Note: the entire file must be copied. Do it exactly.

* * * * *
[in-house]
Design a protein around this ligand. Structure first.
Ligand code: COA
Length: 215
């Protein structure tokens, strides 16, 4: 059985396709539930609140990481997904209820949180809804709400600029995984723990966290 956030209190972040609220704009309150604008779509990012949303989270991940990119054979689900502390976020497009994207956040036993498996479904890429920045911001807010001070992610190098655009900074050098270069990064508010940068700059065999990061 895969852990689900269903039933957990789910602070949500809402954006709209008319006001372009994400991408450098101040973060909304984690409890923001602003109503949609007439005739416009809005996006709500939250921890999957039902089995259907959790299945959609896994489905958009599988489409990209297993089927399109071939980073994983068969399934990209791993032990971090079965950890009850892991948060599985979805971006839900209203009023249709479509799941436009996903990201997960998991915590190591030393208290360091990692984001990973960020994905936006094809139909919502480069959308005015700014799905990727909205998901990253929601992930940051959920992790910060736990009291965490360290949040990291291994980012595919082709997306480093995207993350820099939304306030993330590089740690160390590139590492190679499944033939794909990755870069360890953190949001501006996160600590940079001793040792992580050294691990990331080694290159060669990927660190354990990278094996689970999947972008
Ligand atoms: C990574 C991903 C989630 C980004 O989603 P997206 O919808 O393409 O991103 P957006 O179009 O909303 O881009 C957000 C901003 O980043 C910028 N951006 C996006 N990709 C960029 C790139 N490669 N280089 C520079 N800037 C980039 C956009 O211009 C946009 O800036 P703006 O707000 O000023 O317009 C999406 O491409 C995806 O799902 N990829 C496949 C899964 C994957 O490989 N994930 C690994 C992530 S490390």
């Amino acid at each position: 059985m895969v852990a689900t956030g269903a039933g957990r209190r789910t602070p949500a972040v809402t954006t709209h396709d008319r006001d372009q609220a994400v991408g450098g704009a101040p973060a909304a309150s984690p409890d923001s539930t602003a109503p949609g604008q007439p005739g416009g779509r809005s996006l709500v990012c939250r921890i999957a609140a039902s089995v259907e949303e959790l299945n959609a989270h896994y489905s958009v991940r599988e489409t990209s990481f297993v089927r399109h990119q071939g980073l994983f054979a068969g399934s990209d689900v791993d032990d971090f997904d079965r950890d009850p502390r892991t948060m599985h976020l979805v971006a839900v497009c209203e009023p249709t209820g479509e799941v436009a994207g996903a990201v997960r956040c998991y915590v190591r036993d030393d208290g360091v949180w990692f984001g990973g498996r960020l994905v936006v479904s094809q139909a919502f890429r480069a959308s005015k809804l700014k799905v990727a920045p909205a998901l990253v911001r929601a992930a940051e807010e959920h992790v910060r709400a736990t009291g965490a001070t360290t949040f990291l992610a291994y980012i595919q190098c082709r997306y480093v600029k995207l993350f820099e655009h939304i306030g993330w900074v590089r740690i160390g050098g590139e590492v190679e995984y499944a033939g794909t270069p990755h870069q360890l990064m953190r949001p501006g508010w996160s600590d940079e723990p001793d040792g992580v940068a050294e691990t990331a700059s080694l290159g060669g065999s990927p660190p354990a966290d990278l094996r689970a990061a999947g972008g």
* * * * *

[in-house]
Design a protein around this ligand. Structure first.
Ligand code: COA
Length: 215
């Protein structure tokens, strides 16, 4: 059985396709539930609140990481997904209820949180809804709400600029995984723990966290 956030209190972040609220704009309150604008779509990012949303989270991940990119054979689900502390976020497009994207956040036993498996479904890429920045911001807010001070992610190098655009900074050098270069990064508010940068700059065999990061 895969852990689900269903039933957990789910602070949500809402954006709209008319006001372009994400991408450098101040973060909304984690409890923001602003109503949609007439005739416009809005996006709500939250921890999957039902089995259907959790299945959609896994489905958009599988489409990209297993089927399109071939980073994983068969399934990209791993032990971090079965950890009850892991948060599985979805971006839900209203009023249709479509799941436009996903990201997960998991915590190591030393208290360091990692984001990973960020994905936006094809139909919502480069959308005015700014799905990727909205998901990253929601992930940051959920992790910060736990009291965490360290949040990291291994980012595919082709997306480093995207993350820099939304306030993330590089740690160390590139590492190679499944033939794909990755870069360890953190949001501006996160600590940079001793040792992580050294691990990331080694290159060669990927660190354990990278094996689970999947972008
Ligand atoms: C990574 C991903 C989630 C980004 O989603 P997206 O919808 O393409 O991103 P957006 O179009 O909303 O881009 C957000 C901003 O980043 C910028 N951006 C996006 N990709 C960029 C790139 N490669 N280089 C520079 N800037 C980039 C956009 O211009 C946009 O800036 P703006 O707000 O000023 O317009 C999406 O491409 C995806 O799902 N990829 C496949 C899964 C994957 O490989 N994930 C690994 C992530 S490390």
């Amino acid at each position: 059985m895969v852990a689900t956030g269903a039933g957990r209190r789910t602070p949500a972040v809402t954006t709209h396709d008319r006001d372009q609220a994400v991408g450098g704009a101040p973060a909304a309150s984690p409890d923001s539930t602003a109503p949609g604008q007439p005739g416009g779509r809005s996006l709500v990012c939250r921890i999957a609140a039902s089995v259907e949303e959790l299945n959609a989270h896994y489905s958009v991940r599988e489409t990209s990481f297993v089927r399109h990119q071939g980073l994983f054979a068969g399934s990209d689900v791993d032990d971090f997904d079965r950890d009850p502390r892991t948060m599985h976020l979805v971006a839900v497009c209203e009023p249709t209820g479509e799941v436009a994207g996903a990201v997960r956040c998991y915590v190591r036993d030393d208290g360091v949180w990692f984001g990973g498996r960020l994905v936006v479904s094809q139909a919502f890429r480069a959308s005015k809804l700014k799905v990727a920045p909205a998901l990253v911001r929601a992930a940051e807010e959920h992790v910060r709400a736990t009291g965490a001070t360290t949040f990291l992610a291994y980012i595919q190098c082709r997306y480093v600029k995207l993350f820099e655009h939304i306030g993330w900074v590089r740690i160390g050098g590139e590492v190679e995984y499944a033939g794909t270069p990755h870069q360890l990064m953190r949001p501006g508010w996160s600590d940079e723990p001793d040792g992580v940068a050294e691990t990331a700059s080694l290159g060669g065999s990927p660190p354990a966290d990278l094996r689970a990061a999947g972008g």